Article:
Definition of deride in English:

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Pronunciation: /dɪˈrʌɪd/


[with object]
Express contempt for; ridicule: the decision was derided by environmentalists
More example sentences
  • So I didn't ridicule or deride contributions, and published most emails critical of me, my style, and my substance.
  • It has been derided by some critics as straying too far from historical fact in order to show a well-polished fiction.
  • Scotland's newest soap opera has had a shaky start, derided by the critics for its wooden scripts and dull characters.
ridicule, mock, jeer at, scoff at, jibe at, make fun of, poke fun at, laugh at, hold up to ridicule, pillory;
disdain, disparage, denigrate, pooh-pooh, dismiss, slight, detract from;
sneer at, scorn, pour/heap scorn on, taunt, insult, torment;
treat with contempt, vilify;
lampoon, satirize
informal knock, take the mickey out of
Australian/New Zealand informal poke mullock at
vulgar slang take the piss out of
archaic contemn, flout at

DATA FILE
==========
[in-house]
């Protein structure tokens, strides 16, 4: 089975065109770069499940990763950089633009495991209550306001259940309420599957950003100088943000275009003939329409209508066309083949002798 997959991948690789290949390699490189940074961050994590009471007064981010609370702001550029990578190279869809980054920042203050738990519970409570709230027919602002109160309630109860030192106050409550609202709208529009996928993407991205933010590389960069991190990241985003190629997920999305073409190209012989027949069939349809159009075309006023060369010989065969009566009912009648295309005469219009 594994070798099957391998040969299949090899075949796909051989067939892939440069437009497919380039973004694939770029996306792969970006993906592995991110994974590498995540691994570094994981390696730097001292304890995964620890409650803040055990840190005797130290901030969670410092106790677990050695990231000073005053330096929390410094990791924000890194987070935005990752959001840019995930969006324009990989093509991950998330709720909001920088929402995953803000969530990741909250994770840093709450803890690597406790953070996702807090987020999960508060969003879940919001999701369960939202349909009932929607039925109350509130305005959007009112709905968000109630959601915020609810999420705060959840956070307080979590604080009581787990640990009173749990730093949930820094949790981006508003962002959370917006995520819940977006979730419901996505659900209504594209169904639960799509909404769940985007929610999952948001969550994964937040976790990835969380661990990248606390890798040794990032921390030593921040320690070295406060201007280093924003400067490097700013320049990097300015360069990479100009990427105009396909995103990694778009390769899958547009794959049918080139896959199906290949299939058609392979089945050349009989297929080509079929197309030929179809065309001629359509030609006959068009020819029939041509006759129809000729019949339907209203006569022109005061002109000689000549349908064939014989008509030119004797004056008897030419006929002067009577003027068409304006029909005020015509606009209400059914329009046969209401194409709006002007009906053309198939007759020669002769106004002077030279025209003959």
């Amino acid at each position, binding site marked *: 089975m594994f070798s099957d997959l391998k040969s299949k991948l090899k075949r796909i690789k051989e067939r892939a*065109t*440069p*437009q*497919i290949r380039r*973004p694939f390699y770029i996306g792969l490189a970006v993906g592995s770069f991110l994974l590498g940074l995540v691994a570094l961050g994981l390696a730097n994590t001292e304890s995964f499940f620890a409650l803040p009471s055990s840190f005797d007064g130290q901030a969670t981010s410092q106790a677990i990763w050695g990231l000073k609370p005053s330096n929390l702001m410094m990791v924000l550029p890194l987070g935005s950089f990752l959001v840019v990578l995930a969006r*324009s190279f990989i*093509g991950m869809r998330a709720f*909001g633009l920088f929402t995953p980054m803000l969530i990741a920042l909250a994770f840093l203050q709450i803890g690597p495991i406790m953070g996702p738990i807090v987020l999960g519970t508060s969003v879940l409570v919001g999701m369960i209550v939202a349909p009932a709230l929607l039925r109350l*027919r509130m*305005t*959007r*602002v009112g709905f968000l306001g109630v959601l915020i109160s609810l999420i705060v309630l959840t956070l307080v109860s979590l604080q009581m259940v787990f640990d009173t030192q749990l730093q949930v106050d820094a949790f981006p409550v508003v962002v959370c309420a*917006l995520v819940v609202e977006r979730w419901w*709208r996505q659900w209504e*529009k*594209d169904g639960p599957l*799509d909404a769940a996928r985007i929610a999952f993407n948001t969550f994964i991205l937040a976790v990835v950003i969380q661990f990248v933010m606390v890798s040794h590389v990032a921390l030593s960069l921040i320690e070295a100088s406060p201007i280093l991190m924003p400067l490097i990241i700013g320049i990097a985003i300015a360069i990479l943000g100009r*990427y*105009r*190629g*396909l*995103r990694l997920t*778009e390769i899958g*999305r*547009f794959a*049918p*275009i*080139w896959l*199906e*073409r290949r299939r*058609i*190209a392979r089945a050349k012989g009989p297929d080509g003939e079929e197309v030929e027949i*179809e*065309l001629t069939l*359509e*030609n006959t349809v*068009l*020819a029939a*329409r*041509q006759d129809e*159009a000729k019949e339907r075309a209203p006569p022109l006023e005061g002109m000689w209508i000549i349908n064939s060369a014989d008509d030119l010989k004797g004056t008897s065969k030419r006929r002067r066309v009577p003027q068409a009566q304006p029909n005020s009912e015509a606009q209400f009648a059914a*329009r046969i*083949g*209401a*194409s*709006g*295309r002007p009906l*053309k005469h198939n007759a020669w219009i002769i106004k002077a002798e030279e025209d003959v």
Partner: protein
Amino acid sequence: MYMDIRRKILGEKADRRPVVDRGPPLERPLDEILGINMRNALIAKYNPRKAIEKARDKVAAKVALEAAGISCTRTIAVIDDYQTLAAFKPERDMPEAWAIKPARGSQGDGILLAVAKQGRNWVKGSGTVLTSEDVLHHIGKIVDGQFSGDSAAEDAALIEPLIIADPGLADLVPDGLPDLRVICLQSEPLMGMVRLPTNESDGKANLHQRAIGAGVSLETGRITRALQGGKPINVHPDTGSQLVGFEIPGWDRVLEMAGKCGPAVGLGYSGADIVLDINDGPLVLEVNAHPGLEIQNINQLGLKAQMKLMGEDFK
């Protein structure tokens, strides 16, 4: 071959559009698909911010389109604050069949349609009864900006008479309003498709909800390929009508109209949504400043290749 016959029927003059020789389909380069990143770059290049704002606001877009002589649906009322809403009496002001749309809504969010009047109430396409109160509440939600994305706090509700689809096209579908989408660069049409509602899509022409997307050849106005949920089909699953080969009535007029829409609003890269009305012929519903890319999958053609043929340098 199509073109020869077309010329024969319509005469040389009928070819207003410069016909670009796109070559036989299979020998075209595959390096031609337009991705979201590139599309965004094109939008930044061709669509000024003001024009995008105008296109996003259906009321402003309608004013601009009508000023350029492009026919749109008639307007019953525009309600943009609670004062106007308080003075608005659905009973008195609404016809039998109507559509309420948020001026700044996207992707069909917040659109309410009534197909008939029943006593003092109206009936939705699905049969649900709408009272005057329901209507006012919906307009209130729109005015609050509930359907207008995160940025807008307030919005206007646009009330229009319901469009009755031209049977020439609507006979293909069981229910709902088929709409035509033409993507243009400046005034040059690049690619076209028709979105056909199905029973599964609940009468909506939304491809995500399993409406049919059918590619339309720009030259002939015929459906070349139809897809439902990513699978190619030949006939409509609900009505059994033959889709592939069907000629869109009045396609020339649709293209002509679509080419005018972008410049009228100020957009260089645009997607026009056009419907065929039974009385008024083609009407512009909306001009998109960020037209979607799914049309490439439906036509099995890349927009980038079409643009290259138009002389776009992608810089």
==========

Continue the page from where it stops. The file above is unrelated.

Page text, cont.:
Pronunciation: /dɪˈrʌɪdə/
Example sentences
  • His nationalism was as expansive as his cosmopolitanism, and he railed in equal measure against the narrowness of native deriders of Scotland and the shallowness of Anglophobia.
  • Why does the man of understanding not respond to the derider? Because the derider will turn his derision on him or continue the original derision against him.




Mid 16th century: from Latin deridere 'scoff at'.

  • ridiculous from mid 16th century:

    This comes from Latin ridiculus ‘laughable’, from ridere ‘to laugh’. Ridicule dates from the late 17th century. Derision (Late Middle English) and its later relatives such as deride (mid 16th century) come from the same root.

For editors and proofreaders

Line breaks: de¦ride

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